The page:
New Orleans Saints' Bounty System and the Law
by Hayes Hunt and Brian Kint
An investigation conducted by the NFL revealed that a number of defensive players and coaches from the New Orleans Saints maintained a “bounty” program. As punishment, last week the NFL suspended Super Bowl-winning New Orleans Saints’ coach Sean Payton for a year for overseeing the bounty program. Senator Dick Durbin of Illinois is in the process of creating a Judiciary Committee to debate making bounty systems in professional sports a Federal crime.
The Saints’ bounty program violated league rules by giving cash bonuses to players for delivering hard hits to the opposing players. The most controversial bounties were given to players who injured key adversaries. Players earned more cash based on the severity and effect of the injury inflicted. Thus the rewards were greater if the quarterback sustained a concussion and had to leave the game than for a hit that required a right guard to sit out a down while his ankle was taped on the sideline.
Generally, the law shields professional athletes from civil liability for their on-field conduct through the doctrine of voluntary assumption of risk. Each play in a football game contains numerous hits that would be considered an assault and battery outside the chalk of the field’s lines. Sometimes, players are hurt. The injured player cannot sue the opposing player because he accepted the obvious risks inherent in playing an NFL football game, including the risk of being hit hard.
There are similar impediments to imposing criminal liability for such conduct. Can a legal hit in a football game ever be criminal, even if it was intended to hurt an opposing player? It is one thing to carry brass knuckles onto the field and use them to harm another player -- think Burt Reynolds and the “Mean Machine” in The Longest Yard. Such behavior is clearly outside the scope of the rules and would invite criminal liability. On the other hand, even if a player intends to hurt another player, a legal hit is unlikely to be criminal. But what if the player “uses his helmet as a weapon” and injures another player? The league has tried to stop these types of hits in recent years, but are they so far outside the rules as to be considered criminal?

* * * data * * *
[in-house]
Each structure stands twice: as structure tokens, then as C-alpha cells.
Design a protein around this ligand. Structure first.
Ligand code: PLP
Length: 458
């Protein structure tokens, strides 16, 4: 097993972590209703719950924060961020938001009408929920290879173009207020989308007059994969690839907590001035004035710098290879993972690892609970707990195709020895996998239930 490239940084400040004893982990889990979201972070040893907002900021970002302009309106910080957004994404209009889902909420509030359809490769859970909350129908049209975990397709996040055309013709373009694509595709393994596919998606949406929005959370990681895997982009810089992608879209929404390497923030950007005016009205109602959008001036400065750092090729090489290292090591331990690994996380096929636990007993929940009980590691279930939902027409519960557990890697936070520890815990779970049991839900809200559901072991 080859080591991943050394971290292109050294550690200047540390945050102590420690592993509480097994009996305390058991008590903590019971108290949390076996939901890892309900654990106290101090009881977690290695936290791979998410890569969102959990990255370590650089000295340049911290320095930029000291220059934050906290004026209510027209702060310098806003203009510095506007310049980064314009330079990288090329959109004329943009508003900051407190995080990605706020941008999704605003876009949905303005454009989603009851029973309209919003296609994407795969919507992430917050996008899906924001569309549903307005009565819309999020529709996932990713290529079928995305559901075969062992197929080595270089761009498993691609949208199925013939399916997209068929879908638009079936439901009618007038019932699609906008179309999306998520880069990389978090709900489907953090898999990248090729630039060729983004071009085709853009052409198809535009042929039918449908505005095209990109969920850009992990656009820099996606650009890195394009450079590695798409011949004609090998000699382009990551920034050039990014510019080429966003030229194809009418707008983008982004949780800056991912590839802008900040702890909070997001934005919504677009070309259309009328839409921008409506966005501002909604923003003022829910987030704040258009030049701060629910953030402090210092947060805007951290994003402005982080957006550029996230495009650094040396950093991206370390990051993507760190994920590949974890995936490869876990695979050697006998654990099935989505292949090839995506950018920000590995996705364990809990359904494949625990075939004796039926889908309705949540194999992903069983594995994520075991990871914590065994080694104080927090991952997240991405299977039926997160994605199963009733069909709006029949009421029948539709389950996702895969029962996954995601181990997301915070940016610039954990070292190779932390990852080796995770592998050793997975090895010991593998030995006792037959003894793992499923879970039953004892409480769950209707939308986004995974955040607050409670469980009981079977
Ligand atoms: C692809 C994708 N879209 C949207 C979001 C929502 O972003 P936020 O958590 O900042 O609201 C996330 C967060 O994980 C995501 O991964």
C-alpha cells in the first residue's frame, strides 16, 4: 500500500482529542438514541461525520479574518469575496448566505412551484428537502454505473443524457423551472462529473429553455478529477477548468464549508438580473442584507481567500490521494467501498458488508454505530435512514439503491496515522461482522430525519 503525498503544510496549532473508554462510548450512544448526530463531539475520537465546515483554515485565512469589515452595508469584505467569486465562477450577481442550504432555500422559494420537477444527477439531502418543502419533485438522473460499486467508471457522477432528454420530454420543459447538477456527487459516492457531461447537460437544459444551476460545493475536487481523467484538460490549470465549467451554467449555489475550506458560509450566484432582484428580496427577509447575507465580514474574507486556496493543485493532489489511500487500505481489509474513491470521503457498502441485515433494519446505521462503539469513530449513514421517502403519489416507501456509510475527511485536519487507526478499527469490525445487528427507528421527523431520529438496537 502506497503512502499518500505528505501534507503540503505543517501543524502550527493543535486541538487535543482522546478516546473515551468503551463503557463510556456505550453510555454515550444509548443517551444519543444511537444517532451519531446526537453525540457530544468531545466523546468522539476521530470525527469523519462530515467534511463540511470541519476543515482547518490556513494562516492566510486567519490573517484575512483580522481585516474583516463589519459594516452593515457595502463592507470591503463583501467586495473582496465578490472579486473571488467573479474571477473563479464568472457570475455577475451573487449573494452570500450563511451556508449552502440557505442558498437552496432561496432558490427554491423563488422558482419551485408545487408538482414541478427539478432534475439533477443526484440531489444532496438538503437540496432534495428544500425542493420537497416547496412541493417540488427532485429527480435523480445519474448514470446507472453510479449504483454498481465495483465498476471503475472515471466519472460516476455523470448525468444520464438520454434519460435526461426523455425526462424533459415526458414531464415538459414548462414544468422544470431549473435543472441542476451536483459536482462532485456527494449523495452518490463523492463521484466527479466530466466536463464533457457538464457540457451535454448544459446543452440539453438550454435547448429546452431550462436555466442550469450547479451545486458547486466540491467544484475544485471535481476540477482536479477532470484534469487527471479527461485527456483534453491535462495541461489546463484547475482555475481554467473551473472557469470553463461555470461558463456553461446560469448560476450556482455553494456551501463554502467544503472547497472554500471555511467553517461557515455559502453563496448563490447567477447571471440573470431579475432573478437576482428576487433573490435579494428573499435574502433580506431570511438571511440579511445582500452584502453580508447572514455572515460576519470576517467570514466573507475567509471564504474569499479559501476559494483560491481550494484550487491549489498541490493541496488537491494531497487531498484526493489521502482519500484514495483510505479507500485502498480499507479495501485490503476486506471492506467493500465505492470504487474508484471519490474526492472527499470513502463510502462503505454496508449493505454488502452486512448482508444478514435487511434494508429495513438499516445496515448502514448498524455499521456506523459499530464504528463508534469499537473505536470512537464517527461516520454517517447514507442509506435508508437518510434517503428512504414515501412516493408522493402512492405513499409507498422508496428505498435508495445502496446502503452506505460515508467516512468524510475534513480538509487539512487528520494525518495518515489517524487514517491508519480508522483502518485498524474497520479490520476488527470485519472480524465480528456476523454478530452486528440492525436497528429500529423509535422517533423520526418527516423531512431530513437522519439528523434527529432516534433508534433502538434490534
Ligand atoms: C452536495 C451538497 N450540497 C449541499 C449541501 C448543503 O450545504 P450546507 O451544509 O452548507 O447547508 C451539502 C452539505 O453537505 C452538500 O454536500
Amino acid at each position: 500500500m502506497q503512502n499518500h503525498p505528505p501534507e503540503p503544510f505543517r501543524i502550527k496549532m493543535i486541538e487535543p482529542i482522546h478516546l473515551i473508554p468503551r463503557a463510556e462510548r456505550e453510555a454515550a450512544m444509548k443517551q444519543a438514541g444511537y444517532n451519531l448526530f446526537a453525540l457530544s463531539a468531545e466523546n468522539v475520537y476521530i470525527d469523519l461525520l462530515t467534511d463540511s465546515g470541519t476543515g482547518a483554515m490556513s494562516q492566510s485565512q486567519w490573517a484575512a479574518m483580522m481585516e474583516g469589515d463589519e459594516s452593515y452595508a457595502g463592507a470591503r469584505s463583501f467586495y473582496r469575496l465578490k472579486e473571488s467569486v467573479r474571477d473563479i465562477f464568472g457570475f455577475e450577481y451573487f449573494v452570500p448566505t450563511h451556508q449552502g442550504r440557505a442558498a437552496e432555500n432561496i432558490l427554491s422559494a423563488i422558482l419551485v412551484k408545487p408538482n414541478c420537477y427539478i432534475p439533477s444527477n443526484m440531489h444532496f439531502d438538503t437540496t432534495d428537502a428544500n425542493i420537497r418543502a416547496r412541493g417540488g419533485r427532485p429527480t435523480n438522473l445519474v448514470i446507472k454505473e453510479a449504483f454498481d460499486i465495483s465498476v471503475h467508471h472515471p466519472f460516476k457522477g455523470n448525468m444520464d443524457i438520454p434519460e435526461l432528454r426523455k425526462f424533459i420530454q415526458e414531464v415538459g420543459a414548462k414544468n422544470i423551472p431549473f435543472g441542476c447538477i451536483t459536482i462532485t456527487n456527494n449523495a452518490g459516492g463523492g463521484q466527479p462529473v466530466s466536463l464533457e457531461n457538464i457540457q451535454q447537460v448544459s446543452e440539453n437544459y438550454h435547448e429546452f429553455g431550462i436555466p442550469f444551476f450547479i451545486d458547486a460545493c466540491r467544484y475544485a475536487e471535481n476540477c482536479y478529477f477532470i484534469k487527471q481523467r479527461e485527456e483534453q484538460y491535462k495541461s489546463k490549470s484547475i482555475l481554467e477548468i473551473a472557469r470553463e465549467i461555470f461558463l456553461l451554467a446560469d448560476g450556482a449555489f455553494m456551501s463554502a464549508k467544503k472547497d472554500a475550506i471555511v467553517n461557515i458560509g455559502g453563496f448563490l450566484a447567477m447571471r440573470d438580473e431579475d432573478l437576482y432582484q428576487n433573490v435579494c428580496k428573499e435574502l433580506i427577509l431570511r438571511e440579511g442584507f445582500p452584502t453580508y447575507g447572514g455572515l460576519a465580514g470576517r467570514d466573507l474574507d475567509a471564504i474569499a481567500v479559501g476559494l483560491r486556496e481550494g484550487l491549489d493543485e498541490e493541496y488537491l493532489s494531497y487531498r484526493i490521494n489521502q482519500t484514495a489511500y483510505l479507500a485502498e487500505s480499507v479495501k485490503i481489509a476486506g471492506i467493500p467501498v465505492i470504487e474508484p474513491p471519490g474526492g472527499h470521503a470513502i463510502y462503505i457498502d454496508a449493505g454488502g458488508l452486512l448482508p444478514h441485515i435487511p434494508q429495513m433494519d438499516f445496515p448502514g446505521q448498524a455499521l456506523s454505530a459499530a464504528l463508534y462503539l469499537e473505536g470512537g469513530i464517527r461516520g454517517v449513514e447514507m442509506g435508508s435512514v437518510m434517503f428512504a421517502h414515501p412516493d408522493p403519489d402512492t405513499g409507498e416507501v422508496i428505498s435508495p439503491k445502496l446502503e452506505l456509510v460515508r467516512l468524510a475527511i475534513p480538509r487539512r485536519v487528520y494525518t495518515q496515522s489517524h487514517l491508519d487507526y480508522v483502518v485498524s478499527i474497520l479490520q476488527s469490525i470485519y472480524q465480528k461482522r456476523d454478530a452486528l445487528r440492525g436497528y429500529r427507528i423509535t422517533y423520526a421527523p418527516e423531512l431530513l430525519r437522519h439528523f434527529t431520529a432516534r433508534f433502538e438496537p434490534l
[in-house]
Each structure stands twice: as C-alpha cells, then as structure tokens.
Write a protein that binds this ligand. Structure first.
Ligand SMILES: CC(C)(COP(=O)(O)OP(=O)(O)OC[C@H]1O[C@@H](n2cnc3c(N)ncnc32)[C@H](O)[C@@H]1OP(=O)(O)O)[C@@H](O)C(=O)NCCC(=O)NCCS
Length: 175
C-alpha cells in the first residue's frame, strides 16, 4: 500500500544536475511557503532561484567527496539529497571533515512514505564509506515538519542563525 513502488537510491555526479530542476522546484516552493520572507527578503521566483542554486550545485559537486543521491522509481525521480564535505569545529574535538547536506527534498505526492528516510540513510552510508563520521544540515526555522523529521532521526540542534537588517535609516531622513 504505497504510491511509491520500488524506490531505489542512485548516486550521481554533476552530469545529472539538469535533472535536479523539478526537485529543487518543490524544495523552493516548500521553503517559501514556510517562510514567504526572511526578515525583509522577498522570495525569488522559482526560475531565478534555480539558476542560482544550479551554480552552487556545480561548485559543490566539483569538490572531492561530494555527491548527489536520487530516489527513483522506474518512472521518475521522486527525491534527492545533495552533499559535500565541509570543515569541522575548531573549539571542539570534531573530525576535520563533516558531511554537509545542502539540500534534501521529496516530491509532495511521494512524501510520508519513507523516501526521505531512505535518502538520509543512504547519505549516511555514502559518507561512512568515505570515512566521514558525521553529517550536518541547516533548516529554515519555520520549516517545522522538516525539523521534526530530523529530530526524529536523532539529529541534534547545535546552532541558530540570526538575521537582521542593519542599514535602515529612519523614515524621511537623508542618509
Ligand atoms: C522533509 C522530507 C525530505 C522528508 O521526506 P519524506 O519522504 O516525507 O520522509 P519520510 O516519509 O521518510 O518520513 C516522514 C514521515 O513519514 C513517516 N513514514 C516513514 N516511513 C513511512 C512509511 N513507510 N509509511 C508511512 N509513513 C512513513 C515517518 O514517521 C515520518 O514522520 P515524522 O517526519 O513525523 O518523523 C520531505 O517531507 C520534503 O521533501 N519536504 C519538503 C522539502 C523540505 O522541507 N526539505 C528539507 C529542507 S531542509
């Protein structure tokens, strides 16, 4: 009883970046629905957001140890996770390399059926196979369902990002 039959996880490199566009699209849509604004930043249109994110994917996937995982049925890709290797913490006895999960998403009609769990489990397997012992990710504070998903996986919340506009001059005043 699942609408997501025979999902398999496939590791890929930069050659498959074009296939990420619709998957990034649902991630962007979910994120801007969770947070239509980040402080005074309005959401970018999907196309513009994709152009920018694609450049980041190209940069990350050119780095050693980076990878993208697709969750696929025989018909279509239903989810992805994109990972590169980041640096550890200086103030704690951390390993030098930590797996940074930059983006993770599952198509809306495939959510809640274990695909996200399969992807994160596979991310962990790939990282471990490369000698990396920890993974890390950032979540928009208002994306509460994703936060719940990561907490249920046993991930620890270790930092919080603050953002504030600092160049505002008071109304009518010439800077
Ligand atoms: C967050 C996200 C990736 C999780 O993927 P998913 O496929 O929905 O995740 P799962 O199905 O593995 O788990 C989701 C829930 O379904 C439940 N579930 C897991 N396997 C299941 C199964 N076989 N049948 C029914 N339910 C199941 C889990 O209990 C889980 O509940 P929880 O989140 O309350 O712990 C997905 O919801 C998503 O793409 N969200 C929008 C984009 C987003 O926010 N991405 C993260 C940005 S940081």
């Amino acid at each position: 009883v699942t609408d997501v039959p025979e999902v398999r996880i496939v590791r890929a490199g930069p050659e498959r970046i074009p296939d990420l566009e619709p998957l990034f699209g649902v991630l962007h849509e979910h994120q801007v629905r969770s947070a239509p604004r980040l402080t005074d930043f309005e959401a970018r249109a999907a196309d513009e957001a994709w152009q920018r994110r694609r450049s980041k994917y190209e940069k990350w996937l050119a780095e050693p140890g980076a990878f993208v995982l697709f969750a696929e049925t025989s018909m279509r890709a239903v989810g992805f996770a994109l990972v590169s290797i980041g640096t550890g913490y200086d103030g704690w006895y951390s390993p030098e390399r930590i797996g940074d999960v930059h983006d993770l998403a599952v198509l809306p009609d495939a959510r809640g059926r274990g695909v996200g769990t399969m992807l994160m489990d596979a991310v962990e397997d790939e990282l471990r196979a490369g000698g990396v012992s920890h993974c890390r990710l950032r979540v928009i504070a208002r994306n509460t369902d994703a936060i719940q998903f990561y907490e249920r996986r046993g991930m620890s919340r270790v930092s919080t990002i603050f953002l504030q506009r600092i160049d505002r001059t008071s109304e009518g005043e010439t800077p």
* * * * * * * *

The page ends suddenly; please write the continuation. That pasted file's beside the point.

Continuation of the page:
Even assuming you could prove that a player had a guilty mind (because he participated in a bounty system) and committed a guilty act (in that he criminally injured another player), it would still be difficult to show concurrence of the two. How could you show that the player intended to injure another player on any particular hit without an admission of guilt?
Was the bounty agreement a conspiracy to commit an illegal act? While some state conspiracy laws require that one of the conspirators must commit an overt act in furtherance of the agreement, in other states, a conspiracy is complete when the parties come to an agreement.
Here is how the idea of a conspiracy may operate in the bounty context. Being paid to hurt other players is outside the rules of football and creates risks not inherent in playing the game. As a result, any hit associated with a bounty system is a criminal battery. Coaches and players participating in the bounty system have agreed to commit the acts and the hypothetical conspiracy is complete.
The ongoing NFL investigation has yet to determine just how and whether bounty systems are pervasive, or whether the practice was limited to the Saints. Any player who wishes to pursue a claim for a ‘bounty-caused’ injury may be obligated to proceed with arbitration under the NFL Collective Bargaining Agreement. As a result, neither civil claims nor criminal charges are likely to ever see the inside of a courtroom. That is, unless Congress decides bounty hunting in football is a crime.